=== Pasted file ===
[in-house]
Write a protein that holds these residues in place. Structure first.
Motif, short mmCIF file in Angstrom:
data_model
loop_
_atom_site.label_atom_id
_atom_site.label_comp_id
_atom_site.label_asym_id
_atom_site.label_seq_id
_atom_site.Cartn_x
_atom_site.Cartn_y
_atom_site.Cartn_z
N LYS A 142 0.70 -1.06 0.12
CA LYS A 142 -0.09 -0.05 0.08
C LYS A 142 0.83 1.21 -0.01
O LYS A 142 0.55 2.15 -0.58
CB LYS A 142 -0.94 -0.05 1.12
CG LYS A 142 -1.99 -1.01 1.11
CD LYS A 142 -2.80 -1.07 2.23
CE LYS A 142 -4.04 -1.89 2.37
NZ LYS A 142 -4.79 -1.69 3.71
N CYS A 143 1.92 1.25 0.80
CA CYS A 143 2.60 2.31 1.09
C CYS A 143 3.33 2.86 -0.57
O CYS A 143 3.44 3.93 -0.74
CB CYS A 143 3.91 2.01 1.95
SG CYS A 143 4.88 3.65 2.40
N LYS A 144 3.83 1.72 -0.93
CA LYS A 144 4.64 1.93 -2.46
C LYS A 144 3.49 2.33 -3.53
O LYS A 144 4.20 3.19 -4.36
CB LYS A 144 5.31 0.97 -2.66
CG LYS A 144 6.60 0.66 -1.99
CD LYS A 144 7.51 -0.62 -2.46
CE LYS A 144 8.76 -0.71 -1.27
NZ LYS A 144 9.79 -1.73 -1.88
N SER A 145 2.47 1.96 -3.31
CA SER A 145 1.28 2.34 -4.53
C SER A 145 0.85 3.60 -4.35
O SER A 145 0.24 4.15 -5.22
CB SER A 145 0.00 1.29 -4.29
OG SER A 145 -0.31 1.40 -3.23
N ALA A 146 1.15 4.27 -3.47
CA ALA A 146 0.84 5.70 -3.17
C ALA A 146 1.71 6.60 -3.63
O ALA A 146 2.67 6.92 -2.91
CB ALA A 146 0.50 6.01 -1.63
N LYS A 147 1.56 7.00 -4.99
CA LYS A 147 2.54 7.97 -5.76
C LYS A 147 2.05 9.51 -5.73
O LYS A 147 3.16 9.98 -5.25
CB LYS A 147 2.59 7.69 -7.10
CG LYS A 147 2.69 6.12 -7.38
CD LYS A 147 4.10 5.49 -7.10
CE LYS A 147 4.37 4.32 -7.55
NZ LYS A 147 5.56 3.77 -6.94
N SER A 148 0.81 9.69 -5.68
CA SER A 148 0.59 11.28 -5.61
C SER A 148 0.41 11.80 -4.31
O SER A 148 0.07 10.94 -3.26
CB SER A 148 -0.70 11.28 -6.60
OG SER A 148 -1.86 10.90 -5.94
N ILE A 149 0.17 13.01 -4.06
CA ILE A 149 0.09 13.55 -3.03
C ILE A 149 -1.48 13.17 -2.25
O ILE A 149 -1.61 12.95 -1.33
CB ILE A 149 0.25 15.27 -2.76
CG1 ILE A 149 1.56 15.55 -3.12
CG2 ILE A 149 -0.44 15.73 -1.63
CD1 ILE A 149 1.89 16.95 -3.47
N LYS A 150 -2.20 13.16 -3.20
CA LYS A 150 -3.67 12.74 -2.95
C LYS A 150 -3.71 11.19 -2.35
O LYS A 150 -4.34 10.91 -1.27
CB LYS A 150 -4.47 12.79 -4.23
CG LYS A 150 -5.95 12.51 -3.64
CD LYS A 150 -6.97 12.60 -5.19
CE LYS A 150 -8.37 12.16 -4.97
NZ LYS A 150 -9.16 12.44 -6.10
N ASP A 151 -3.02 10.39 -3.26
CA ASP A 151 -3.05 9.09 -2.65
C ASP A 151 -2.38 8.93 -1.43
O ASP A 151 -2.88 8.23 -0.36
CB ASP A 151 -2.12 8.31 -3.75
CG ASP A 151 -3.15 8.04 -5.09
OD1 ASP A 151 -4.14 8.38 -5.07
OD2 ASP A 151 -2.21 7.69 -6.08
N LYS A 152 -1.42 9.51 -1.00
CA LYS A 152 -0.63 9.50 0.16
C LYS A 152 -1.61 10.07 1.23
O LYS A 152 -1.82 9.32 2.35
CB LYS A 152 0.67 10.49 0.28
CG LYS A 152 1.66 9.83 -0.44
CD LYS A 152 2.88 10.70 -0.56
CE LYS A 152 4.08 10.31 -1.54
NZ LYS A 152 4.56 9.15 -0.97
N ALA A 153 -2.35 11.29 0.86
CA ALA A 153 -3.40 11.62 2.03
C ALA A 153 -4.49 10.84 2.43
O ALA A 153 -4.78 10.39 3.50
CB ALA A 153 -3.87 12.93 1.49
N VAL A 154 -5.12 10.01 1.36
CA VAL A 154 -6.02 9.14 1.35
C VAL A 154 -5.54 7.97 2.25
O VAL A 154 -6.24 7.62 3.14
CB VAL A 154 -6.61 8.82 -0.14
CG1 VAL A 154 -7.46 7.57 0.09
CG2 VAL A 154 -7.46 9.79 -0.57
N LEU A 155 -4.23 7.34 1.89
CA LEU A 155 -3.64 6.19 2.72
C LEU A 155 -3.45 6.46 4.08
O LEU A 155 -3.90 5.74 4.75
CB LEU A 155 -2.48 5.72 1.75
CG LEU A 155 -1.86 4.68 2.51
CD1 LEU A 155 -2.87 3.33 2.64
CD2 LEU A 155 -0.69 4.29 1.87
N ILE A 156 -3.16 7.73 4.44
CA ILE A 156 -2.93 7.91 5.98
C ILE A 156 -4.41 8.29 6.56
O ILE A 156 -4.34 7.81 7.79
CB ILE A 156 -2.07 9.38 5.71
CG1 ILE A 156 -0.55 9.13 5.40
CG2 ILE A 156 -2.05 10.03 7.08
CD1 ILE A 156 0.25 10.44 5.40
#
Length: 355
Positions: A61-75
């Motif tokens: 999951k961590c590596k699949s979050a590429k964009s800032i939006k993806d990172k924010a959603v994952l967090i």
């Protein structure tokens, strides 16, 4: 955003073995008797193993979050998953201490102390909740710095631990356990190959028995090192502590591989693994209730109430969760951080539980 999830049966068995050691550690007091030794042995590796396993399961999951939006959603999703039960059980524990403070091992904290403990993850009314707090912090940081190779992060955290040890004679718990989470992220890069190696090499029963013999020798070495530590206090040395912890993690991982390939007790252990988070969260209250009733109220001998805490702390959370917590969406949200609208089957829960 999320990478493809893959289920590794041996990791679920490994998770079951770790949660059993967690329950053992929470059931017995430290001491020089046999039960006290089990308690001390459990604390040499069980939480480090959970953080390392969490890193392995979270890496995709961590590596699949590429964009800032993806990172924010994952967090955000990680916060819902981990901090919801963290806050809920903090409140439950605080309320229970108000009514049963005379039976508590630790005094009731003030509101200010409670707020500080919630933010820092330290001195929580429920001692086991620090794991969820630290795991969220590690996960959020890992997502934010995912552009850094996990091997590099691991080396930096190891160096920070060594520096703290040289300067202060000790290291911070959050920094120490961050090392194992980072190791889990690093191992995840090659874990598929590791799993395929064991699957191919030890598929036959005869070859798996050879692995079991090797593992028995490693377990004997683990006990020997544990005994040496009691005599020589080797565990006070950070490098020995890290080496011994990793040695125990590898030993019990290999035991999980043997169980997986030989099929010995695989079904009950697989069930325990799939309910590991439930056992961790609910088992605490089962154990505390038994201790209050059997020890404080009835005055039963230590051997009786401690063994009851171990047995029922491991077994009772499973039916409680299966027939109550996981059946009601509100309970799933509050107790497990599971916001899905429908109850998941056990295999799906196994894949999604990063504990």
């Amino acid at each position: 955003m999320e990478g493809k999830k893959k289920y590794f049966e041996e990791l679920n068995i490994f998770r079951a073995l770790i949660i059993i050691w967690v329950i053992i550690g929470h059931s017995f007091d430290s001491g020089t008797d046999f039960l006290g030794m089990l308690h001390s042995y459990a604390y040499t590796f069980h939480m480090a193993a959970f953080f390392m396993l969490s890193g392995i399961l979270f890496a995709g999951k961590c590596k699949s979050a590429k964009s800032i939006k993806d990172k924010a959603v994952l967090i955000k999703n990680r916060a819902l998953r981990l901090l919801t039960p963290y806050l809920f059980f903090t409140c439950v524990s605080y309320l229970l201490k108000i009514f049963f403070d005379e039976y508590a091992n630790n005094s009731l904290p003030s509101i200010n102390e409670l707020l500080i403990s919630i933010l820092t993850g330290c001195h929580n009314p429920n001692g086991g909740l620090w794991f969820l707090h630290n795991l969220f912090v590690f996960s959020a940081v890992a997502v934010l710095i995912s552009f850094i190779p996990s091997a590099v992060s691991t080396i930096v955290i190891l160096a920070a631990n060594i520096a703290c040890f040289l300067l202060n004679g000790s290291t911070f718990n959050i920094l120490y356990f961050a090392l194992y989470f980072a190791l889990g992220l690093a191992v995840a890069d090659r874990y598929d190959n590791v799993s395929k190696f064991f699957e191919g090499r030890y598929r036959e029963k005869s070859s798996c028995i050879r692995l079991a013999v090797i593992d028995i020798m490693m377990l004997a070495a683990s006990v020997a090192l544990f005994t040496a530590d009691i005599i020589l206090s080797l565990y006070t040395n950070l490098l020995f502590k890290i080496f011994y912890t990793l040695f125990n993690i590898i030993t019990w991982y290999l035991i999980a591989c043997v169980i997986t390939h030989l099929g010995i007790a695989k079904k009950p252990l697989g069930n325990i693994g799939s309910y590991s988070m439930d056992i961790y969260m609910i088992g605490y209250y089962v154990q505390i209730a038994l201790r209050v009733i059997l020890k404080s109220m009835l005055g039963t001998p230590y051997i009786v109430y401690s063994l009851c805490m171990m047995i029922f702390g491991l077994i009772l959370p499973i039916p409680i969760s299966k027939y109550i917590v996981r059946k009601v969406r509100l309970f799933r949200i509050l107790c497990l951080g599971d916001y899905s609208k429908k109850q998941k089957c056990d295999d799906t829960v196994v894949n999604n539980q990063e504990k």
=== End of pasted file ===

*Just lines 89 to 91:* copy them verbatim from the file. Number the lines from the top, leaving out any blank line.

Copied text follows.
CA LYS A 152 -0.63 9.50 0.16
C LYS A 152 -1.61 10.07 1.23
O LYS A 152 -1.82 9.32 2.35